The former manager of a Holmfirth pub, who used fictitious debts to hide its true financial position, has to repay £4,475.05 under a confiscation order.

Paul Kempster 45, was given a 21-month prison sentenced suspended for two years with 250 hours unpaid work at Leeds Crown Court last year after admitting false accounting.

At that hearing Judge Tom Bayliss QC was told as a result of what he did Kempster was able to maintain his position at the Huntsman Inn and keep the business going leading to bonuses for him when that otherwise might not have been the case.

Had the brewery JW Lees known the true position about debts sooner they would at the very least have “restructured” the business, said Jeremy Hill-Baker prosecuting.

Deposits from functions such as weddings were used to pay staff while fictitious debtors were created as Kempster sought to keep the business appear to be extremely profitable.

He had impressed the brewery after he began working at the pub in 2005 but in 2012 they decided to change a policy allowing debtors 90 days to pay bills to 30 days instead.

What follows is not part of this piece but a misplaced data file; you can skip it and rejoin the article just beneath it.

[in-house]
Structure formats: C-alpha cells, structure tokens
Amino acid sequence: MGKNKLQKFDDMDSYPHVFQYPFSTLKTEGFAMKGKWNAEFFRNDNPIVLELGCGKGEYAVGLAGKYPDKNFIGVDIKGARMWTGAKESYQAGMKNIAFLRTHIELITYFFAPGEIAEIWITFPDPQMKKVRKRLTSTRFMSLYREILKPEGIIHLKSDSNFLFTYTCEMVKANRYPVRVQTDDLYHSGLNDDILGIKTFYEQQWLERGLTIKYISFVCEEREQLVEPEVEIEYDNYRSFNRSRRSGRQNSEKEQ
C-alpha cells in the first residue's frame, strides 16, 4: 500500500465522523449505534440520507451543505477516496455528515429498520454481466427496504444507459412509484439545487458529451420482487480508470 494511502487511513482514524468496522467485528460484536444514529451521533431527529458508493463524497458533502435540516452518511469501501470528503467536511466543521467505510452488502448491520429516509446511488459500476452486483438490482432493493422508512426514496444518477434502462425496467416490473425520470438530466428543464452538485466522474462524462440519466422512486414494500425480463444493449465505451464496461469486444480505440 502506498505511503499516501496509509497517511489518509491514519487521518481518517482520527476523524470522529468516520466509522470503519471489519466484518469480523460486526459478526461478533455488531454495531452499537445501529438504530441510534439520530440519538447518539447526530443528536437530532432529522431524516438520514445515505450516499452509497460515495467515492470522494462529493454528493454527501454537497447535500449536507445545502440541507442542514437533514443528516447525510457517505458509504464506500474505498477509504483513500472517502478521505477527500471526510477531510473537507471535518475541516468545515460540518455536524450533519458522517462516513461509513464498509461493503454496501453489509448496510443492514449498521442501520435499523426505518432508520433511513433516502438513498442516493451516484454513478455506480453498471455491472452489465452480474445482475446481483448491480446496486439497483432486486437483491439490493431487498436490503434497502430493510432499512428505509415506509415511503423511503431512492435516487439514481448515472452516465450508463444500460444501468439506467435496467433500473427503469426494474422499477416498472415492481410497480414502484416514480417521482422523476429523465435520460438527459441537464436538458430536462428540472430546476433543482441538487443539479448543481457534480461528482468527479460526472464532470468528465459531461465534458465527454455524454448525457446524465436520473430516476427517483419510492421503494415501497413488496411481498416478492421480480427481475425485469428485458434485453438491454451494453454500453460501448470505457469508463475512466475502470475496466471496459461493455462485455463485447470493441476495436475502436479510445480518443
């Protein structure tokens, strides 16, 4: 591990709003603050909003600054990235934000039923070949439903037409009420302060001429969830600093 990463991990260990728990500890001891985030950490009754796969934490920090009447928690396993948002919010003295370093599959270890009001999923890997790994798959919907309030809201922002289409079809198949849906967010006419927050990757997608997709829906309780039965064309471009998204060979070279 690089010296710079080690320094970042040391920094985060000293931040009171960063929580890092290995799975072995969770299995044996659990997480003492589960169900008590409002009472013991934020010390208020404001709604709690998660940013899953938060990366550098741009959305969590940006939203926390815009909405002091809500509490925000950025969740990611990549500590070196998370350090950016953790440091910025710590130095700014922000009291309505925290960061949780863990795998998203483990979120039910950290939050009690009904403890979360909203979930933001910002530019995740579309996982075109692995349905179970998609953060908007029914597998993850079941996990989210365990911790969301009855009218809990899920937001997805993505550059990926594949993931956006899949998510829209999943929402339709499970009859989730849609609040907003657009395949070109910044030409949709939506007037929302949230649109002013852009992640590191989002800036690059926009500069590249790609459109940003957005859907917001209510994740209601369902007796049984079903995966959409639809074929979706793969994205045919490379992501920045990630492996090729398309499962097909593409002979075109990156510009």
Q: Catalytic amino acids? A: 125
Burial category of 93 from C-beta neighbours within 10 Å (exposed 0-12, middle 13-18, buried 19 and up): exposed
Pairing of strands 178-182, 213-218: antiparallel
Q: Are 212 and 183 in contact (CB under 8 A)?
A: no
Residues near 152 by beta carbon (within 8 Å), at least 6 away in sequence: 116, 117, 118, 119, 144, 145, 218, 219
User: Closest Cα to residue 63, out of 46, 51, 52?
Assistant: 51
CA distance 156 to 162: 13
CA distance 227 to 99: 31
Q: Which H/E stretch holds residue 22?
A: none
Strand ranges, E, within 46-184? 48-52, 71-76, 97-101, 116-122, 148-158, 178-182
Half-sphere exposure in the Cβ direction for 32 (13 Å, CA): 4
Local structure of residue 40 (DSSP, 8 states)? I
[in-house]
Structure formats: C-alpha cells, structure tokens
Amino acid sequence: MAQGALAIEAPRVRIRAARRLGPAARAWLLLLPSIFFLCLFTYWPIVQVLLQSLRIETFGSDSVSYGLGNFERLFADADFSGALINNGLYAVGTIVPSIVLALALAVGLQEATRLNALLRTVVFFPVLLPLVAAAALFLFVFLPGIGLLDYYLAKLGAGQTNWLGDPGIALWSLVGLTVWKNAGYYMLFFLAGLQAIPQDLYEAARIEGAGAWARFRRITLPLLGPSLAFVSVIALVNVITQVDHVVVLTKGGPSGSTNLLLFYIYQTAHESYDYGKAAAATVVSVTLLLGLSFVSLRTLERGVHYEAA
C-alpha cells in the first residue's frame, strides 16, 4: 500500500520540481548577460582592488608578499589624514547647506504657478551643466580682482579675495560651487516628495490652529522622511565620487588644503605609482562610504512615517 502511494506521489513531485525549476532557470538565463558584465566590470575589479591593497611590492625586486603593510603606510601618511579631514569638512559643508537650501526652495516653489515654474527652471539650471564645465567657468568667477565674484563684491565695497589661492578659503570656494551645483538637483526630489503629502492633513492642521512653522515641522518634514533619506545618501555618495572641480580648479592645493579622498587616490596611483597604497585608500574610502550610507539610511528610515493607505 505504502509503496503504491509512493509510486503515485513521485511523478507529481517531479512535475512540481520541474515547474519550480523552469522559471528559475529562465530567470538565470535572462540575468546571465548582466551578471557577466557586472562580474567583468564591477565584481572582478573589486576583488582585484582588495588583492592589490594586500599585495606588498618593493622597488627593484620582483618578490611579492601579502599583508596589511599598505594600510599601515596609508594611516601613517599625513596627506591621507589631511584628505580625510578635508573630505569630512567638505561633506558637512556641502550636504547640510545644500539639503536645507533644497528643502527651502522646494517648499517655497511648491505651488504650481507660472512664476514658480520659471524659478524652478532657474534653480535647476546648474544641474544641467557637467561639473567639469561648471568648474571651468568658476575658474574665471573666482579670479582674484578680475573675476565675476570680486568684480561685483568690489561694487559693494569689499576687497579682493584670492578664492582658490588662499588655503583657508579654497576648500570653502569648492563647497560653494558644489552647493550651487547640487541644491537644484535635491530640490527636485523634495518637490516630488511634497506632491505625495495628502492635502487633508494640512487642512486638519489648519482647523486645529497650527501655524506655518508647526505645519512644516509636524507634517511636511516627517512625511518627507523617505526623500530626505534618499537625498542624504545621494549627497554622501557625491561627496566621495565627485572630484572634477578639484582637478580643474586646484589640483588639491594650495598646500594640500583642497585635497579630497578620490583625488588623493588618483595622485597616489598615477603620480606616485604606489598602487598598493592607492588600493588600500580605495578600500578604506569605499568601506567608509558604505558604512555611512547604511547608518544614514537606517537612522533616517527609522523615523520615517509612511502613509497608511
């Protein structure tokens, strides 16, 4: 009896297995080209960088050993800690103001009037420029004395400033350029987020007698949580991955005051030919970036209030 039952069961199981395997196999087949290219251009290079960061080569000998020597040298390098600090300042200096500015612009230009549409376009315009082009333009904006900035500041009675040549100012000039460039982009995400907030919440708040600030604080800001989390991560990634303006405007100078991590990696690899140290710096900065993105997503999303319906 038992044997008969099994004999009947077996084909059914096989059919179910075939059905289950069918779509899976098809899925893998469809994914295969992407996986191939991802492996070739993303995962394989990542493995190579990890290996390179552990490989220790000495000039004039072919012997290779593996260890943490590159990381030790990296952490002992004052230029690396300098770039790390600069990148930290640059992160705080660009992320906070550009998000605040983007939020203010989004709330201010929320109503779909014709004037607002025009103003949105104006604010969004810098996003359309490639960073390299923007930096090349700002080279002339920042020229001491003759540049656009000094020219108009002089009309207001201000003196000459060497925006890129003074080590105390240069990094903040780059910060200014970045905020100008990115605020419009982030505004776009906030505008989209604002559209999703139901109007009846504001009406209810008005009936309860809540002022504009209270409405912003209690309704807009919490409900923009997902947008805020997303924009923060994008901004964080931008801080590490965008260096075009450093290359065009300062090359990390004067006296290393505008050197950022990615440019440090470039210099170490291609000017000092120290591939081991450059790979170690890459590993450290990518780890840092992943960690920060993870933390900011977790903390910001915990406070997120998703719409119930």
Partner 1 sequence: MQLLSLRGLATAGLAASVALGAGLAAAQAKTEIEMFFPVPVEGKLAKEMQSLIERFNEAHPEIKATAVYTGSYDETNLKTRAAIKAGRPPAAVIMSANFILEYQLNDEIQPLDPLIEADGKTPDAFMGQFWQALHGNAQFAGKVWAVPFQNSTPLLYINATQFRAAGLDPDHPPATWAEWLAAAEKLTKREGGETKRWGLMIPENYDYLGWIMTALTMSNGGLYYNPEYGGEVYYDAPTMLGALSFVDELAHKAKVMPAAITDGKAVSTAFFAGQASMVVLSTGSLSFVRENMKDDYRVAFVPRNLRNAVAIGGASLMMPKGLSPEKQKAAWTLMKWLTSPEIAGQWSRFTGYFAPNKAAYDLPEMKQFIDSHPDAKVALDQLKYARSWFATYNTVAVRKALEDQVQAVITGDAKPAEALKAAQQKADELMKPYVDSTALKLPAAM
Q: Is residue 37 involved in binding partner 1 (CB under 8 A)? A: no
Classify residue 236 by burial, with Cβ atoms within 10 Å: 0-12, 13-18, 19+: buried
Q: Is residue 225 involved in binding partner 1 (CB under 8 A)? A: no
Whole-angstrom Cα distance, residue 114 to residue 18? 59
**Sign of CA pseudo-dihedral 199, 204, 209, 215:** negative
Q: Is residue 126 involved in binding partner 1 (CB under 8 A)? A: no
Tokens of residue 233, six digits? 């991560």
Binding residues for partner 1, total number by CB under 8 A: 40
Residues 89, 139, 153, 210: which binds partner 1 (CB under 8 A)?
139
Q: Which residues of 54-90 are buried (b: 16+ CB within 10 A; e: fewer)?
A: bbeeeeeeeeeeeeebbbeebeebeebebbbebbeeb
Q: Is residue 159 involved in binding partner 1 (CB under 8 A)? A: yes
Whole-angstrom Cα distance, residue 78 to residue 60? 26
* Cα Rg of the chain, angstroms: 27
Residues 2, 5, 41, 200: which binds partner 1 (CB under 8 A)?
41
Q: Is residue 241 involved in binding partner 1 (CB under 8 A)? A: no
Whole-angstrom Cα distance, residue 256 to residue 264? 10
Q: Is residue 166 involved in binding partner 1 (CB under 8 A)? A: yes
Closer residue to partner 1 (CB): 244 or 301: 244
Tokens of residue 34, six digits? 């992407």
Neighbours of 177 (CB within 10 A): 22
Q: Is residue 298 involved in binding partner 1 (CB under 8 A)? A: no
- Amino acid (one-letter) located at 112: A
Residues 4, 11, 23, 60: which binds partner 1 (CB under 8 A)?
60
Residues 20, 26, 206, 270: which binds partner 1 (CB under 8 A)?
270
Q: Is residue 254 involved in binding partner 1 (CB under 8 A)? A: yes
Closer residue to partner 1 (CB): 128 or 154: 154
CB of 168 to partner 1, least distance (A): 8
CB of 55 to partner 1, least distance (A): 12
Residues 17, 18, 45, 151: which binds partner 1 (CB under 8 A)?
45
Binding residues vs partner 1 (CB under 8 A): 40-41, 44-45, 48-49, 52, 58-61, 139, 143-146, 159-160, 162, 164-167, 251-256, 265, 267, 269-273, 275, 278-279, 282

Pressure was put on Kempster to bring the level of debts down but he became evasive and sent e-mails saying other pubs and hotels in the area had closed while his way of running the business had kept the Huntsman afloat.

He said he knew the debtors and had total confidence they would pay and asked for some leeway but was told he must reduce the debt.

The Huntsman

By April 2013 he admitted using the debtors list to hide the position and that he had used customer function deposits to cover other costs. He express regret and remorse and submitted his resignation.

A brewery representative went to the Huntsman and found Kempster was not there and discovered four boxes of documents had been dumped in the bins.

A financial investigation estimated debts of around £254,000 and a functions deposit shortfall of around £89,000.

Mr Hill-Baker said there was no evidence of Kempster, of Wigan, siphoning off money for his own benefit but rather keeping the business afloat to his own employment advantage.

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John Harrison representing Kempster said his fault had been “running the business as his own rather than someone else’s” when they were bearing the risks. He said that was a very different case to the fraud initially alleged against the defendant.

He had increased the turnover at the public house as a result of his actions. It was accepted that had led to performance bonuses for him but his motivation was to keep the business going for everybody.

At Leeds Crown Court Judge James Spencer QC was told it was agreed Kempster’s benefit from criminal conduct was £43,500 with £4,475.05 available to pay a confiscation order, that amount to be applied in compensation to the brewery J.W. Lees. He was given three months to pay with five months in prison in default.